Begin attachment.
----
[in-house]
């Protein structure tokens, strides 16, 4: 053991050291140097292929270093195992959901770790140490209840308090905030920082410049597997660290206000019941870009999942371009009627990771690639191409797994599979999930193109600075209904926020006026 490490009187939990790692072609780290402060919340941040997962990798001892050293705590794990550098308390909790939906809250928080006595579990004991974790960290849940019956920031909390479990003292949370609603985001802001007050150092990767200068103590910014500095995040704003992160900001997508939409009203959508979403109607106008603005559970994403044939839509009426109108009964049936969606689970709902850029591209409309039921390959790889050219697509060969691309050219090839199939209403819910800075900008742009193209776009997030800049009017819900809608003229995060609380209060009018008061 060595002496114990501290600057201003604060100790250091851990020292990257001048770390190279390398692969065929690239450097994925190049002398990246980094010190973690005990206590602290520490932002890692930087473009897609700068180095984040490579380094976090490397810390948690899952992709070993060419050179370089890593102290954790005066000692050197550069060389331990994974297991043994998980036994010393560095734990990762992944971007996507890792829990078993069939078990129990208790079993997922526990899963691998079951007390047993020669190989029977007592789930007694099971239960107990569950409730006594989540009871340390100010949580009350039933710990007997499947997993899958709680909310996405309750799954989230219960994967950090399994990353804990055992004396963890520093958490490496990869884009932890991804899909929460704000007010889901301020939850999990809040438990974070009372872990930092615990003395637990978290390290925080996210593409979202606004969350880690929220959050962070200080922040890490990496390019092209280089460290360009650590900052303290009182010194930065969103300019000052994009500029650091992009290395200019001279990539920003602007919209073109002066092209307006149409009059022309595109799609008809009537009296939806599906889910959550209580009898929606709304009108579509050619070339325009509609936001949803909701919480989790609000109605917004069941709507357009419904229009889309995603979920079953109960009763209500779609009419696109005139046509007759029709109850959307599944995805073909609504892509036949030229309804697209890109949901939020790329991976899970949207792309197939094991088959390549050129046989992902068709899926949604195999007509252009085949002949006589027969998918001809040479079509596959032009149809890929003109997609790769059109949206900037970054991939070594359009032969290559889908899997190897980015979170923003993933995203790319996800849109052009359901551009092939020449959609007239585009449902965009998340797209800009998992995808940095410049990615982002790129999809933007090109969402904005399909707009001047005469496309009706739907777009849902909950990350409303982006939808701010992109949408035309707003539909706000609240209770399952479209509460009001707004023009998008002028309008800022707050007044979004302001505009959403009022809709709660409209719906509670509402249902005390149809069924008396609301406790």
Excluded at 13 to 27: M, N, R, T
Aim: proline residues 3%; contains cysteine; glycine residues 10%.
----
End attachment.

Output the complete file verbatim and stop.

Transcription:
[in-house]
């Protein structure tokens, strides 16, 4: 053991050291140097292929270093195992959901770790140490209840308090905030920082410049597997660290206000019941870009999942371009009627990771690639191409797994599979999930193109600075209904926020006026 490490009187939990790692072609780290402060919340941040997962990798001892050293705590794990550098308390909790939906809250928080006595579990004991974790960290849940019956920031909390479990003292949370609603985001802001007050150092990767200068103590910014500095995040704003992160900001997508939409009203959508979403109607106008603005559970994403044939839509009426109108009964049936969606689970709902850029591209409309039921390959790889050219697509060969691309050219090839199939209403819910800075900008742009193209776009997030800049009017819900809608003229995060609380209060009018008061 060595002496114990501290600057201003604060100790250091851990020292990257001048770390190279390398692969065929690239450097994925190049002398990246980094010190973690005990206590602290520490932002890692930087473009897609700068180095984040490579380094976090490397810390948690899952992709070993060419050179370089890593102290954790005066000692050197550069060389331990994974297991043994998980036994010393560095734990990762992944971007996507890792829990078993069939078990129990208790079993997922526990899963691998079951007390047993020669190989029977007592789930007694099971239960107990569950409730006594989540009871340390100010949580009350039933710990007997499947997993899958709680909310996405309750799954989230219960994967950090399994990353804990055992004396963890520093958490490496990869884009932890991804899909929460704000007010889901301020939850999990809040438990974070009372872990930092615990003395637990978290390290925080996210593409979202606004969350880690929220959050962070200080922040890490990496390019092209280089460290360009650590900052303290009182010194930065969103300019000052994009500029650091992009290395200019001279990539920003602007919209073109002066092209307006149409009059022309595109799609008809009537009296939806599906889910959550209580009898929606709304009108579509050619070339325009509609936001949803909701919480989790609000109605917004069941709507357009419904229009889309995603979920079953109960009763209500779609009419696109005139046509007759029709109850959307599944995805073909609504892509036949030229309804697209890109949901939020790329991976899970949207792309197939094991088959390549050129046989992902068709899926949604195999007509252009085949002949006589027969998918001809040479079509596959032009149809890929003109997609790769059109949206900037970054991939070594359009032969290559889908899997190897980015979170923003993933995203790319996800849109052009359901551009092939020449959609007239585009449902965009998340797209800009998992995808940095410049990615982002790129999809933007090109969402904005399909707009001047005469496309009706739907777009849902909950990350409303982006939808701010992109949408035309707003539909706000609240209770399952479209509460009001707004023009998008002028309008800022707050007044979004302001505009959403009022809709709660409209719906509670509402249902005390149809069924008396609301406790």
Excluded at 13 to 27: M, N, R, T
Aim: proline residues 3%; contains cysteine; glycine residues 10%.